Assistant Professor of Neurology, University of Nebraska Medical Center, Nebraska, USA
*Corresponding Author: Arun Swaminathan, Assistant Professor of Neurology, University of Nebraska Medical Center, Nebraska, USA.
Received: December 04, 2019; Published: January 10, 2020
Epilepsy is a well-known and relatively common condition worldwide and has been described across many civilizations and countries since ancient times. The WHO estimates that about 50-65 million people worldwide have epilepsy, with the majority of these patients in developing nations with limited access to effective treatments . Public awareness of epilepsy is often limited and misconceptions abound, especially in the developing nations and regions where literacy rates remain low; although there is a substantial amount of misinformation in the developed nations as well, in regards to epilepsy, its effects and available treatments.
Treatments for epilepsy vary from medications to dietary therapies to surgical interventions and the relatively newer field of neuromodulation and these treatments are often used in combination or conjunction to achieve the best results for the patient. While such a diverse variety of treatments are actually available, it is often other factors like awareness, cost, availability and awareness of the condition or its treatments that determine the therapy offered to the patient. It is surprising and unfortunate that, in this day and age, patients with such a well-known condition may not have access or even knowledge of the options available to them.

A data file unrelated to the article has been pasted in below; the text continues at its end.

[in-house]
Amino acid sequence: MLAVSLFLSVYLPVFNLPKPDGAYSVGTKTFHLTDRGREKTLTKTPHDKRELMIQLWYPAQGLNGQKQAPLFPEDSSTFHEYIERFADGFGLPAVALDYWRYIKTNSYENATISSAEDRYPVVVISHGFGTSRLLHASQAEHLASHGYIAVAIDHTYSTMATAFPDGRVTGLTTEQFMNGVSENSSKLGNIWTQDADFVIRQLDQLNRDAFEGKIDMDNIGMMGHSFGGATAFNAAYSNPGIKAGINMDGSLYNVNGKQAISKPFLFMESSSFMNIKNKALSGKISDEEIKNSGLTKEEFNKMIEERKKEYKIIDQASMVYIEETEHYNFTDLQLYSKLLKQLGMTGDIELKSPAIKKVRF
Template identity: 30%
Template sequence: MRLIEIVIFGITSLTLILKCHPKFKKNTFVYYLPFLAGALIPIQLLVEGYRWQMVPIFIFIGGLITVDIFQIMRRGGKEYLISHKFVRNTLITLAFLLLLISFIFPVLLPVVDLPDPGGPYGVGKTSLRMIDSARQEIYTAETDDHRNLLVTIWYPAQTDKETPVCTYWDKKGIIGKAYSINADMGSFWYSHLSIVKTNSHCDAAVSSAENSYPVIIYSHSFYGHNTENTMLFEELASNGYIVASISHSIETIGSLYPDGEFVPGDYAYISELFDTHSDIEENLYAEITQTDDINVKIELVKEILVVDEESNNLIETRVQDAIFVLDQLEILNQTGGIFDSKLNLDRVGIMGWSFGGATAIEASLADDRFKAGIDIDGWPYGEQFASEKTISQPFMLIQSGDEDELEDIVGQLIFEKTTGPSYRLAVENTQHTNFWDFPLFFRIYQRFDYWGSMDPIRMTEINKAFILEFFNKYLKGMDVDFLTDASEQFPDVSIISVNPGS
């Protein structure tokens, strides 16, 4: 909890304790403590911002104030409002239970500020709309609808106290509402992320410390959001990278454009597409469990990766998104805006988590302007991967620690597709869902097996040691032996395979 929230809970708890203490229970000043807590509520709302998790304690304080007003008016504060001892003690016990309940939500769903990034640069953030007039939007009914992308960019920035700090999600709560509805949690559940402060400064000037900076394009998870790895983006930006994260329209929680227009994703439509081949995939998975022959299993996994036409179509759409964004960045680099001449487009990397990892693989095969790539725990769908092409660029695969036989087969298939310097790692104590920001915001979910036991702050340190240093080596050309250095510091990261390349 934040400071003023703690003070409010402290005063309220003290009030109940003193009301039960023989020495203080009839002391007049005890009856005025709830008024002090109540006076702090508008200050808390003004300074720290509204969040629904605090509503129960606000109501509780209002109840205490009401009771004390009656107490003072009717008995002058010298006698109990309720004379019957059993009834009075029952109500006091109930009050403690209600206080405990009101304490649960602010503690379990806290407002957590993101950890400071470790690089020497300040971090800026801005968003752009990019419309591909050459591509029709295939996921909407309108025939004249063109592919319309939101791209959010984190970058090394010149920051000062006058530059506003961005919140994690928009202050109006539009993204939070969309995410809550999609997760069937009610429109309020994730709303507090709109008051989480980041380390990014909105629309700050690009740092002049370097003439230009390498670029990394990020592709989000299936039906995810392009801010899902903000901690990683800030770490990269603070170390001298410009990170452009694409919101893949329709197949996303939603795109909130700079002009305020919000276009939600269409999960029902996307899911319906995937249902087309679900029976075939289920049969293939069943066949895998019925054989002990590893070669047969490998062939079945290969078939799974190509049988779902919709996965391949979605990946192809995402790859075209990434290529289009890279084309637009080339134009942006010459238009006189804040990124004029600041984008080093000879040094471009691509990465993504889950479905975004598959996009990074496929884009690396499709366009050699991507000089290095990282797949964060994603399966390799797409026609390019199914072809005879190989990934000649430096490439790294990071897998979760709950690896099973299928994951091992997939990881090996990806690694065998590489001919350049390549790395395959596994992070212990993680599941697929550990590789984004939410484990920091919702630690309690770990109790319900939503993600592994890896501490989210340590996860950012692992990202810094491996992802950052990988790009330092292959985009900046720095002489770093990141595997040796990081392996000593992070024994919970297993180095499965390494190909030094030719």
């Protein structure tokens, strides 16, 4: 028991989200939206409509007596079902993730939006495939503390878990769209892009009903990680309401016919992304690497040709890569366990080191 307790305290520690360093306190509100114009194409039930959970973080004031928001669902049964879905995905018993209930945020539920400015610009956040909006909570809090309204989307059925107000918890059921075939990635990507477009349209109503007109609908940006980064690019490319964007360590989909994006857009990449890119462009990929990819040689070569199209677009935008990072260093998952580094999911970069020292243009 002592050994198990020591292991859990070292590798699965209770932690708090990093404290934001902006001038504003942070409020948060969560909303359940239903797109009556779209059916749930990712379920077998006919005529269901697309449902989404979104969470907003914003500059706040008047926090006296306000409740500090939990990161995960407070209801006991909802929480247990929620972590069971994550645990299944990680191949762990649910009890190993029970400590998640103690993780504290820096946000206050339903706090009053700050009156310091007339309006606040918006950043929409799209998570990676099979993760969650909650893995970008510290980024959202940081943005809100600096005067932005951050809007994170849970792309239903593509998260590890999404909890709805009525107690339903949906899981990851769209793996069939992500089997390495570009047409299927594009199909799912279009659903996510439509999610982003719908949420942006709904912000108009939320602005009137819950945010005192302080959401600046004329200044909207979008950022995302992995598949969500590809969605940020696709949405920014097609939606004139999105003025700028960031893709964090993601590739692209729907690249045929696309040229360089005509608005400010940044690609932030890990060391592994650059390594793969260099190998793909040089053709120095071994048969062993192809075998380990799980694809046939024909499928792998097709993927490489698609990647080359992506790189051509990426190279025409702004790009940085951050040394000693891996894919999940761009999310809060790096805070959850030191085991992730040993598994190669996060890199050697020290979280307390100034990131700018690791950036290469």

Citation: Arun Swaminathan. "Properly Utilizing the World of Diverse Epilepsy Therapies to Treat a World with Diverse Epilepsy Patients".Acta Scientific Clinical Case Reports 1.1 (2020): 01-02.
Copyright: © 2020 Arun Swaminathan. This is an open-access article distributed under the terms of the Creative Commons Attribution License, which permits unrestricted use, distribution, and reproduction in any medium, provided the original author and source are credited.